4. The department of labor has recently said that workers at an unnamed gig company are independent contractors. As an accounting major, the first thing I thought about when reading this article were taxes. Being hired as an independent contractor means that you report your own taxes. But, as large as their initial check might look, they have to technically pay double the taxes because they need to pay twice as much for social security and Medicare taxes since they are technically paying both employee and employer taxes. Also as stated in the article, they are not eligible for overtime pay. Companies like Uber and Lyft pay their employees as contractors, which has decreased their expected payroll by 20-30 percent due to them not having to pay for employee taxes. But, because these two companies are planning to go public, they are being told by the Trump administration that they must report their drivers as employees and not contractors. This will increase their expenses by 20-30 percent, which they consider “significant additional expenses” and can overall decrease the company’s profitability’s. Uber and Lyft, according to the department of labor do not meet certain requirements to consider their drivers contractors. This has made their decision to go public questionable, considering that if they were required to report their drivers as employees, their revenue and overall net worth would significantly decrease. This is an issue because this is a very public matter, and many investors are questioning whether or not it is worth it to invest in these two companies once they do go public. Although Uber and Lyft drivers do meet some of the requirements of being an independent contractor, they do not meet all of them. The requirements they do meet, as stated in the article is that the workers have the freedom of when, where and how long they worked, they provided their own equipment (vehicles), and the company does not have a mandatory training program. But the drivers are not a separate business, and also Uber and Lyft do not have a good enough case because they are comparing it to the gig company that the department of labor is saying are contractors. The unnamed company has room for negotiation when it comes to pay, Uber and Lyft are given set salaries and rates. Also, there has been a lot of discussion around Uber offering health policies to their drivers, but because of this issue, this idea is completely out of the question because it will only negatively impact their argument about their drivers being contractors.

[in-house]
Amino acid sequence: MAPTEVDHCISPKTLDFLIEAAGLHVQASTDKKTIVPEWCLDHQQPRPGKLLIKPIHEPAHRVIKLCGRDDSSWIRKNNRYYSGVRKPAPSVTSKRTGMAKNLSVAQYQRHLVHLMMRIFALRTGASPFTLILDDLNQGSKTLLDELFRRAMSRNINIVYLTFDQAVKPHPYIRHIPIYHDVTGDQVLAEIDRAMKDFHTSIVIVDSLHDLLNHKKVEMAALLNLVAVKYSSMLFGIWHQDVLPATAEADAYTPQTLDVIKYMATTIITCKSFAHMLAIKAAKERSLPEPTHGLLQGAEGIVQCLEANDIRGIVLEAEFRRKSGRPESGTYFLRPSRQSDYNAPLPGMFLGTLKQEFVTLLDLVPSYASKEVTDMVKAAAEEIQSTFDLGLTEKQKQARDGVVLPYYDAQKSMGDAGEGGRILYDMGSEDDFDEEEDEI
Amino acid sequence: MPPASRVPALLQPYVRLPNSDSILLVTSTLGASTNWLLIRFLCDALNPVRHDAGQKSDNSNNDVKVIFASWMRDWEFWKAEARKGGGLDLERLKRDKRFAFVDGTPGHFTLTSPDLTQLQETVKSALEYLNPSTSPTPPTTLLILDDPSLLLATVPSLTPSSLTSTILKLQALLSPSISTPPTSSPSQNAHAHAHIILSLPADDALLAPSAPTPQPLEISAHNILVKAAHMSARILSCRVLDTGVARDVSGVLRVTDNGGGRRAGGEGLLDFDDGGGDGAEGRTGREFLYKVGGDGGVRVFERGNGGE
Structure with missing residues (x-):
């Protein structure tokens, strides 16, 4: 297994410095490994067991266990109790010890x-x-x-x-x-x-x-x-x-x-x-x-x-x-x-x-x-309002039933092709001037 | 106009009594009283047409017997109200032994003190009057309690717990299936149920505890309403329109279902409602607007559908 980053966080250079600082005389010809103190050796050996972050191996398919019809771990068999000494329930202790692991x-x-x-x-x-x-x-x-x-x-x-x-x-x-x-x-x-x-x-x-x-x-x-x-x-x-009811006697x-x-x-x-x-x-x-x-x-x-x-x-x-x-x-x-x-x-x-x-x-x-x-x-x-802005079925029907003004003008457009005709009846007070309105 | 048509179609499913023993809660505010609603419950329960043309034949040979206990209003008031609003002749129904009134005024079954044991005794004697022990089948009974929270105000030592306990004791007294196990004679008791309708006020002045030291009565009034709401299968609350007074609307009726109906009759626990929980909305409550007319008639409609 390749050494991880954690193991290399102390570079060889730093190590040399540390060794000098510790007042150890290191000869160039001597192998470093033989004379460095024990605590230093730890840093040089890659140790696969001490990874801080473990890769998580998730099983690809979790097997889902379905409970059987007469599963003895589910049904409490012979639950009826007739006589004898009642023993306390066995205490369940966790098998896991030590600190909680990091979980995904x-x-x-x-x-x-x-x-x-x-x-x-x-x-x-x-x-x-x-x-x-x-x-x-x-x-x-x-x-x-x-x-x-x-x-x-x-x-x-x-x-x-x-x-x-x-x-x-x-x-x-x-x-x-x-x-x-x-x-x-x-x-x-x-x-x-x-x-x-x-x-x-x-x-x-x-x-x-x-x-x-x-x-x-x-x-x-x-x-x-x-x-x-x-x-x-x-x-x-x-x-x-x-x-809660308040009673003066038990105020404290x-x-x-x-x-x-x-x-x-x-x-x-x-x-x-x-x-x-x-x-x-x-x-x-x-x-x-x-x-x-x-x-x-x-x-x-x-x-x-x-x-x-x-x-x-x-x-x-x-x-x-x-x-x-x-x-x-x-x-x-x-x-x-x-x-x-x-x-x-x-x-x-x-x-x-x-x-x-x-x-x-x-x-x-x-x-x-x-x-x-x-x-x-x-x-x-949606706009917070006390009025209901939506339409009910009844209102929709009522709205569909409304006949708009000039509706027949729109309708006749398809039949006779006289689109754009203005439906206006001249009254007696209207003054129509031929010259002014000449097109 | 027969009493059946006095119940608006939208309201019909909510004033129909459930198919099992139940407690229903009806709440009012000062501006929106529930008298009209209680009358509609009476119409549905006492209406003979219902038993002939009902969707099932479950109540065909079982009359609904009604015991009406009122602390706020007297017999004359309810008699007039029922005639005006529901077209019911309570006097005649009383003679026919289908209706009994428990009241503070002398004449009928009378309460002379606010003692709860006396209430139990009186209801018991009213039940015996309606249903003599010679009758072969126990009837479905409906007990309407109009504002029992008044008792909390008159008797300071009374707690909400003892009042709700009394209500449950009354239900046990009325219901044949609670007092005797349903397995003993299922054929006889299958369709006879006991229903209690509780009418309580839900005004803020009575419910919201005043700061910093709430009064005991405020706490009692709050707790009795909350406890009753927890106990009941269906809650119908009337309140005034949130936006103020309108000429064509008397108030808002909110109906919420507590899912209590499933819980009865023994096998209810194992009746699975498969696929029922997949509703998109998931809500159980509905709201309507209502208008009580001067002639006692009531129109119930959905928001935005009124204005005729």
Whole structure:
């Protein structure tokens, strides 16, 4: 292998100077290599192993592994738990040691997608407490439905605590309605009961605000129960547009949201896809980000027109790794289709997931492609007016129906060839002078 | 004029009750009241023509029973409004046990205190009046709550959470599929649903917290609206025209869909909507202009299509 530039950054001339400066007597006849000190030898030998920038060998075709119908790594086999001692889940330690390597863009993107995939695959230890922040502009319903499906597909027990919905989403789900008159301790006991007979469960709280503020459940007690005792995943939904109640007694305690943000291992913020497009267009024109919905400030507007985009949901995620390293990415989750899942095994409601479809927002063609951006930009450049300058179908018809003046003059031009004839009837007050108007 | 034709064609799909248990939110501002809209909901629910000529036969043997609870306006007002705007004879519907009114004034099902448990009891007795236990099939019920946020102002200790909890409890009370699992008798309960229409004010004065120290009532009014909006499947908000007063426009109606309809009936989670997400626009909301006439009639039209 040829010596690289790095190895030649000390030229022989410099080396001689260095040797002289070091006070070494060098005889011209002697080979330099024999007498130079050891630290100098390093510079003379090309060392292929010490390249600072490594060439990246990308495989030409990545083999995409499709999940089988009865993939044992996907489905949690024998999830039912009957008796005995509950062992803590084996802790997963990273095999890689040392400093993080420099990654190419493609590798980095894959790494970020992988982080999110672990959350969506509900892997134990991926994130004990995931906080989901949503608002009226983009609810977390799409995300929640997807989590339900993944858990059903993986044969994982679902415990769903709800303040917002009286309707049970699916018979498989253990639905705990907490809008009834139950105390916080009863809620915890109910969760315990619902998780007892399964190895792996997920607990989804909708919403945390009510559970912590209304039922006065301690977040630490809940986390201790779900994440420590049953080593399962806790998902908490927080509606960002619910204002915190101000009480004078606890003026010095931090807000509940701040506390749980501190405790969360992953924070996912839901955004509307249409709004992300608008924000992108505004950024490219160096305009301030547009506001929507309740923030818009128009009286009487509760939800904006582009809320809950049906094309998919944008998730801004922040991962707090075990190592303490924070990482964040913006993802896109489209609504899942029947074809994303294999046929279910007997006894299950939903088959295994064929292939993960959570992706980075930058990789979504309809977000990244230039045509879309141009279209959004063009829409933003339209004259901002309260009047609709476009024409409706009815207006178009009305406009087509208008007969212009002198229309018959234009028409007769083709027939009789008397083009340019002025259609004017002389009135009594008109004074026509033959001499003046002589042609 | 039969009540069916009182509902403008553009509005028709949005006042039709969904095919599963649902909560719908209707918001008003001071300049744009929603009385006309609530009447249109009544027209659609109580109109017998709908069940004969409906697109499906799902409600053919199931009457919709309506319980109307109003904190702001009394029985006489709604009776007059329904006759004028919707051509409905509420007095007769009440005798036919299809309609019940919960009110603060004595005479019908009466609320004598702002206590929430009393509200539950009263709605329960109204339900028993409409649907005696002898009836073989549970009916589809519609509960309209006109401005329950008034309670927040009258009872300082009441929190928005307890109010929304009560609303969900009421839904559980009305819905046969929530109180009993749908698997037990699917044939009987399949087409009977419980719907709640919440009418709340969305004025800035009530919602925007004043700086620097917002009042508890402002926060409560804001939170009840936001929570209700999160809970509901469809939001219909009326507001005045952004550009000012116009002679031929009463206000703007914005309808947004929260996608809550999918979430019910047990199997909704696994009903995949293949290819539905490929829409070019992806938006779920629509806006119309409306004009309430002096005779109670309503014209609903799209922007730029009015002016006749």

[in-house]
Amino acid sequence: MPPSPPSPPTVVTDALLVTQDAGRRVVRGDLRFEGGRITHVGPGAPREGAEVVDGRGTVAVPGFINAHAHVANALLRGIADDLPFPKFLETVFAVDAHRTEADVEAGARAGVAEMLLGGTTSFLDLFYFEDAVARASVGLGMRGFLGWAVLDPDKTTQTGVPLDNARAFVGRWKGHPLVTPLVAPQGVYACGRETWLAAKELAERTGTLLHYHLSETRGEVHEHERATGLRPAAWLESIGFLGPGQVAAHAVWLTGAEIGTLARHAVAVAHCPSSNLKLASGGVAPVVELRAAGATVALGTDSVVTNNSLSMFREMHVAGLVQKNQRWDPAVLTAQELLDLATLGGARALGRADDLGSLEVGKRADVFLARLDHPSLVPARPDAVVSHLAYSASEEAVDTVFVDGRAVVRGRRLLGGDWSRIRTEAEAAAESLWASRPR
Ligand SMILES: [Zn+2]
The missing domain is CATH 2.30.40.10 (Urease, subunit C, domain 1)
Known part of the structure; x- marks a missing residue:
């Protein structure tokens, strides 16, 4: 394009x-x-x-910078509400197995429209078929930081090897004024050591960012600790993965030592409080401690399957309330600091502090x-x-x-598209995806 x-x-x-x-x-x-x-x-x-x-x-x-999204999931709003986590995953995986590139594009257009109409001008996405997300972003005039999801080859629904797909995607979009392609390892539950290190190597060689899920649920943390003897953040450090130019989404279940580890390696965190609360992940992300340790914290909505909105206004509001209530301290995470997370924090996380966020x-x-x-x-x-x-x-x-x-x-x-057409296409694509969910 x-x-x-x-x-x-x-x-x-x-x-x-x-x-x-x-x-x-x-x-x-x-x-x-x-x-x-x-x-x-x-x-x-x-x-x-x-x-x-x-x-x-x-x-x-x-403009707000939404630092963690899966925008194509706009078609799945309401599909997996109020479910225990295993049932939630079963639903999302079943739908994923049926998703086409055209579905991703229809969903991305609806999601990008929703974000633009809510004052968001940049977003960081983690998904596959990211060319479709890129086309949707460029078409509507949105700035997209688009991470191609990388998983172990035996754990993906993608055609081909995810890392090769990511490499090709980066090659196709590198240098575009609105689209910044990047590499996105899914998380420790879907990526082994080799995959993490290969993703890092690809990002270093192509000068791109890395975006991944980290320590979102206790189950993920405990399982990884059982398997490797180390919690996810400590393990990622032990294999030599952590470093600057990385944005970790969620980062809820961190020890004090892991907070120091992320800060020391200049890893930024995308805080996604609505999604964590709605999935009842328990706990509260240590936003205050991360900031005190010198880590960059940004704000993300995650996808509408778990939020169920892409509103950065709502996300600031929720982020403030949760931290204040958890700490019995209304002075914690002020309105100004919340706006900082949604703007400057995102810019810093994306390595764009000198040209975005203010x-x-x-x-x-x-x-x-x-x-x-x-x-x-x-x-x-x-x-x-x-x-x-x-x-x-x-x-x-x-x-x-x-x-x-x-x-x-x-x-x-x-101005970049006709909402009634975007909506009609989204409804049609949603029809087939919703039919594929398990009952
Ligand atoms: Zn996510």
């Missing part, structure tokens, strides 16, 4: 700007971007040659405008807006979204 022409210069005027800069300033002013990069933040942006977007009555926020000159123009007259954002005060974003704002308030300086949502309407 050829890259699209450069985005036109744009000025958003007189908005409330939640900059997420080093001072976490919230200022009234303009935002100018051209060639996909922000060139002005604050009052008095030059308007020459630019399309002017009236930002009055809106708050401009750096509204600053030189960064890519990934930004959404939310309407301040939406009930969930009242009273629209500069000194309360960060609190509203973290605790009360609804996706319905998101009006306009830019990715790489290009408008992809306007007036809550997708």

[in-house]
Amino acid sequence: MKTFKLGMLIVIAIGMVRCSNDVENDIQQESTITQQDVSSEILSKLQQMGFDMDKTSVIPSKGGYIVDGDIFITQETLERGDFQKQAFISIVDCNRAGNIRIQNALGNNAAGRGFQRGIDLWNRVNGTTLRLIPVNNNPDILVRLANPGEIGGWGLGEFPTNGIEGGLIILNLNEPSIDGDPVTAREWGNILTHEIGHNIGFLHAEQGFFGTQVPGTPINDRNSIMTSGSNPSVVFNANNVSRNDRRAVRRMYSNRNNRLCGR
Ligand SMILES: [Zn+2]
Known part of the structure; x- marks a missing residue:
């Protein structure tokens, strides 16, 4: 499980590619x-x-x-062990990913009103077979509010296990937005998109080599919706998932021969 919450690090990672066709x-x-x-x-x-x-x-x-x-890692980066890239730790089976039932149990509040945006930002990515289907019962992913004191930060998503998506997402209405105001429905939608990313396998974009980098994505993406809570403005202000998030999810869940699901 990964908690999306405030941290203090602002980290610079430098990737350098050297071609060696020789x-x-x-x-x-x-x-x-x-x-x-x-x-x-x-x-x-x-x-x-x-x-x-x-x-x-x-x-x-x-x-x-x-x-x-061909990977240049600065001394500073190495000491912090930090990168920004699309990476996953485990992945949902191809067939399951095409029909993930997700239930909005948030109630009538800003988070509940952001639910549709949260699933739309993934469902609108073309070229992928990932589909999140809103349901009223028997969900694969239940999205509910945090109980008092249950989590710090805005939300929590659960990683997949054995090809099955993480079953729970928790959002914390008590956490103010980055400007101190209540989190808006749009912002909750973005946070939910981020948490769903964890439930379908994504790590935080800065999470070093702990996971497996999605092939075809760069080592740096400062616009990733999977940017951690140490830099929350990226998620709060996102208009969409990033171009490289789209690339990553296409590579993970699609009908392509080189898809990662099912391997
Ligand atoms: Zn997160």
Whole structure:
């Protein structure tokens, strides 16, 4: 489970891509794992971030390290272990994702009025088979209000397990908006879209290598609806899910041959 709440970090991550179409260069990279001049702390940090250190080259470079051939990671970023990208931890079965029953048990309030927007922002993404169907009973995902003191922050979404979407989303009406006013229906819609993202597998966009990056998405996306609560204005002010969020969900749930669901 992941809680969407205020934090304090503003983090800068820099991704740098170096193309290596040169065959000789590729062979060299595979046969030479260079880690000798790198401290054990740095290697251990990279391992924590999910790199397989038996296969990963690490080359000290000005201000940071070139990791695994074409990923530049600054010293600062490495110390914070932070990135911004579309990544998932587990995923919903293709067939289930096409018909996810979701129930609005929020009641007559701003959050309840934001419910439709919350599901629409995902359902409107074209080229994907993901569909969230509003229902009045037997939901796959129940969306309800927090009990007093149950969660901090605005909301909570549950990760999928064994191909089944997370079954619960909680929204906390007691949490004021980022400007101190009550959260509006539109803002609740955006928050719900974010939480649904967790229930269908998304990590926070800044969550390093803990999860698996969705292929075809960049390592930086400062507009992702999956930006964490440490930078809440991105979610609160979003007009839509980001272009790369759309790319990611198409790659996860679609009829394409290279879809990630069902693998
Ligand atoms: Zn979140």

This public dispute with the department of labor can allow Lyft and Uber to suffer a huge loss. Uber and Lyft are extremely profitable but having to pay these extra employee taxes can slowly deteriorate the companies. Also, it is terrible timing considering that the two companies want to go public and have investors buy into their company. Uber cannot afford to take anymore losses. They have paid millions in scandals within the company alone. These scandals have consisted of sexual harassment allegations, rape allegations, racism, homophobia, and even kidnapping. They also had an operating loss of nearly $3 billion in 2018 and $4 billion the previous year. Drivers have also sued Uber over wanting to be considered employees because they do not want to file 1099s and have to pay double the taxes. There are some benefits to being an independent contractor because you can write off a lot of your expenses, but being a driver, the only thing you can really write off on your taxes is your vehicle which is not enough to make up for having to play both employee and employer taxes. To settle this, Uber paid $132 million. All of these factors will plummet Uber’s stock value. As we can see from previous public scandals such as Tesla’s CEO tweeting false and undiscussed information, these scandals can drop stock values in a matter of seconds. Although Uber has replaced their former CEO who was involved in the majority of the company’s negative publicity and lack of company moral, there are still many stories that may have not come to light yet, and when they do this will continue to negatively affect their stock price. Overall, I do not think that Uber should continue to compare itself to the unnamed company when building a solid argument over this issue. Uber’s driver may or may not decide to once again retaliate in the height of this issue in order to persuade the department of labor’s decision, and if they do, this will only weaken Uber and Lyft’s case.